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MMD > Archives > May 2002 > 2002.05.30 > 10Prev  Next

Technically Dead!
By Paul Anderson

On Wed, 29 May 2002, John A. Tuttle wrote:

> So, my question is: Why didn't she feel even the slightest shock?
Electricity doesn't just leap out thwack people.  You need to provide a
more tempting (less resistive) path to ground than the electricity
already has.  It is far more likely that the electricity would short
out within the plug on the end of the extension cord then come out and
zap you.  Similarly, a hair-dryer dropped in a bathtub filled with
water, which is inhabited by someone, will NOT electrocute the tub's
occupant.  It will produce some neato fireworks, and probably pop the
breaker, but since the tub's occupant does not present a path of lower
resistance to ground, he does not get electrocuted.

Water, while indeed conductive, is still very resistive(pure water, in
fact, is not at all conductive), and it takes a considerable amount of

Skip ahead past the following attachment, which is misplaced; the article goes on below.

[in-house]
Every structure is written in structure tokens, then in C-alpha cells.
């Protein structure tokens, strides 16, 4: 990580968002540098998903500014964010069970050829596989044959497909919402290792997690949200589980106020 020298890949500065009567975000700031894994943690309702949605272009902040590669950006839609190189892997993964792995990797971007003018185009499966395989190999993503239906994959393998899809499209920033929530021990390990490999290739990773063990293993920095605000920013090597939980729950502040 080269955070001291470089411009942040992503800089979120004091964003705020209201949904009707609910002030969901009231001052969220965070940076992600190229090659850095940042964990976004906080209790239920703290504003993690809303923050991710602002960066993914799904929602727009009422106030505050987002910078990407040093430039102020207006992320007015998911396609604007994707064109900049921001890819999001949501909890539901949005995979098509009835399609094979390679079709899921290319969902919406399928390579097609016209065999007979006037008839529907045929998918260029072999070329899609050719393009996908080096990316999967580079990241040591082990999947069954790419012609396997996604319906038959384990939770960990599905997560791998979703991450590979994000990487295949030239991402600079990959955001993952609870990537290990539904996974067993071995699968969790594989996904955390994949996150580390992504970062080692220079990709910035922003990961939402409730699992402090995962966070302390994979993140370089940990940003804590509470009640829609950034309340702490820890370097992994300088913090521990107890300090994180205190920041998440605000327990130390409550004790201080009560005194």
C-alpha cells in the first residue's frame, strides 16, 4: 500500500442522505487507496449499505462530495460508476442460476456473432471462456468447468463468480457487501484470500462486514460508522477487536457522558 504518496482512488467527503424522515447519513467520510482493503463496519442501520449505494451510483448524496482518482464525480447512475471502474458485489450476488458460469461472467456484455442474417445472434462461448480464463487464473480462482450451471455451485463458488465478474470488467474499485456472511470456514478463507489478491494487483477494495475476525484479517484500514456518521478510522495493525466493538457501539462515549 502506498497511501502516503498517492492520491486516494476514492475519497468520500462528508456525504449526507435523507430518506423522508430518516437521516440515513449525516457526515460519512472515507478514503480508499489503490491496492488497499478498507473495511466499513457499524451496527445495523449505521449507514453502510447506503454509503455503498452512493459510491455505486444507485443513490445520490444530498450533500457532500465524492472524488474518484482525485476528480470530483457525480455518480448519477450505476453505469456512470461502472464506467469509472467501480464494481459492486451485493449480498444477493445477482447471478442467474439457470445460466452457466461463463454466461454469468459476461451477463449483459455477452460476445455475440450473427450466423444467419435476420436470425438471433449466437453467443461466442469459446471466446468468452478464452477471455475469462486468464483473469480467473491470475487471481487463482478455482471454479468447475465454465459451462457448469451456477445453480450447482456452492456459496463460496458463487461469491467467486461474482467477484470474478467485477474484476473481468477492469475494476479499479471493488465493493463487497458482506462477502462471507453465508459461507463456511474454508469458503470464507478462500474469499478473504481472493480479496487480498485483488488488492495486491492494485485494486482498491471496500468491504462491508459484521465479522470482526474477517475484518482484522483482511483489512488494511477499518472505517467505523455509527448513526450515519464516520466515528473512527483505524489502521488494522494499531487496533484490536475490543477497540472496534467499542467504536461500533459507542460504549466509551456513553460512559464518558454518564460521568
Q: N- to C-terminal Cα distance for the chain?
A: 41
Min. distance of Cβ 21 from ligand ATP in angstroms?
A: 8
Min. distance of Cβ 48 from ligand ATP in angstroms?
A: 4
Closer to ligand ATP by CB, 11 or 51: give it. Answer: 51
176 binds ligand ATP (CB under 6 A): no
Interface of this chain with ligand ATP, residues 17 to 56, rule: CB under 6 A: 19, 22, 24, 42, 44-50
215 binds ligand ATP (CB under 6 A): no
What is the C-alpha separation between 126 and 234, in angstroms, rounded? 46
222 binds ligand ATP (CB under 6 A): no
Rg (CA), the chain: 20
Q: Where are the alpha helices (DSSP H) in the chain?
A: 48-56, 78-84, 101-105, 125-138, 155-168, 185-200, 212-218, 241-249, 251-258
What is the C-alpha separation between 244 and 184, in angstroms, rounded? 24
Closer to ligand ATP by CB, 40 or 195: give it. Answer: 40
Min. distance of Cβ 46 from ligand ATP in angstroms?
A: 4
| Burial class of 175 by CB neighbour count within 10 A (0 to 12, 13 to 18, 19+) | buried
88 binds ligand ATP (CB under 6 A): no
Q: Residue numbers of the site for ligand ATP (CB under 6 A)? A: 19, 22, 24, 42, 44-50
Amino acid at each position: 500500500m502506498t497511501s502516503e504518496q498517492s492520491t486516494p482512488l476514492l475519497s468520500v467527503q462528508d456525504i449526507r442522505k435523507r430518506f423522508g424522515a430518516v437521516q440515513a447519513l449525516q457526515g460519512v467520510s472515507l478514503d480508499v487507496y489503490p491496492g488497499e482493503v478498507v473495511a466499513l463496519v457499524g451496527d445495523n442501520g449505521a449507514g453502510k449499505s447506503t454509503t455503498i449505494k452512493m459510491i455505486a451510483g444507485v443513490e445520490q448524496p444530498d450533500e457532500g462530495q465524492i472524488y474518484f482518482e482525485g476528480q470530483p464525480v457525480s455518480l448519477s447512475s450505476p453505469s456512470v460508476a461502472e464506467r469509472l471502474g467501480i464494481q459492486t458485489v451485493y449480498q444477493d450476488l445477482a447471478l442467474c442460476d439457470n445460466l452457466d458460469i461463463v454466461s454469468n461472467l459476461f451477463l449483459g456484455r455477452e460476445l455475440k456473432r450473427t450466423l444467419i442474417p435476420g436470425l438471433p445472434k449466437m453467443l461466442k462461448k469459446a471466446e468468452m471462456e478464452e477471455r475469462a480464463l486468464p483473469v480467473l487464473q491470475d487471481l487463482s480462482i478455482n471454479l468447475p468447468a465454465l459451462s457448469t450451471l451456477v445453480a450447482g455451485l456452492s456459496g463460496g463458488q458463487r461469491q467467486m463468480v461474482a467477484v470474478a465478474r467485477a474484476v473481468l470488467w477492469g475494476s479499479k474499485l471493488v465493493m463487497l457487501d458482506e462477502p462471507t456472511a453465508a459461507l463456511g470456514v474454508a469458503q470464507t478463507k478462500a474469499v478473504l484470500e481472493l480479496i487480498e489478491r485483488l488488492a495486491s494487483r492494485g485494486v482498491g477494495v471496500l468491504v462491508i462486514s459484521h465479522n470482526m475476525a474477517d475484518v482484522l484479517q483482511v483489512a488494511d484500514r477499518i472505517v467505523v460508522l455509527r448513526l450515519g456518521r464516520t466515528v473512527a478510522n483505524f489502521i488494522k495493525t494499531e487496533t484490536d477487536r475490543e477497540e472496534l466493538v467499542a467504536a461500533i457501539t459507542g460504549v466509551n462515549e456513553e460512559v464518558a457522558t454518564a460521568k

power to overcome this resistance.  Hollywood, as usual, has the facts
completely wrong.

 [ It is easily possible for current to flow through the tub's
 [ occupant AND also simultaneously between the internal exposed
 [ contacts inside the dryer.  You may not even get any sparks or
 [ pop a breaker (unless its a GFI, and then I wouldn't intentionally
 [ find out how bad it felt to be the current path for the test).  If
 [ you feel obliged to experiment, don't include yourself in the
 [ circuit, even accidentally. You can get a nasty shock
 [ in a Midwestern basement through damp leather bottom shoes
 [ while touching the 'hot' wire.  I know this from firsthand
 [ experience.  Its extremely easy for 'live' experiments to
 [ go wrong.  Beware...    Jody

(Message sent Thu 30 May 2002, 21:09:26 GMT, from time zone GMT-0400.)

Key Words in Subject:  Dead, Technically

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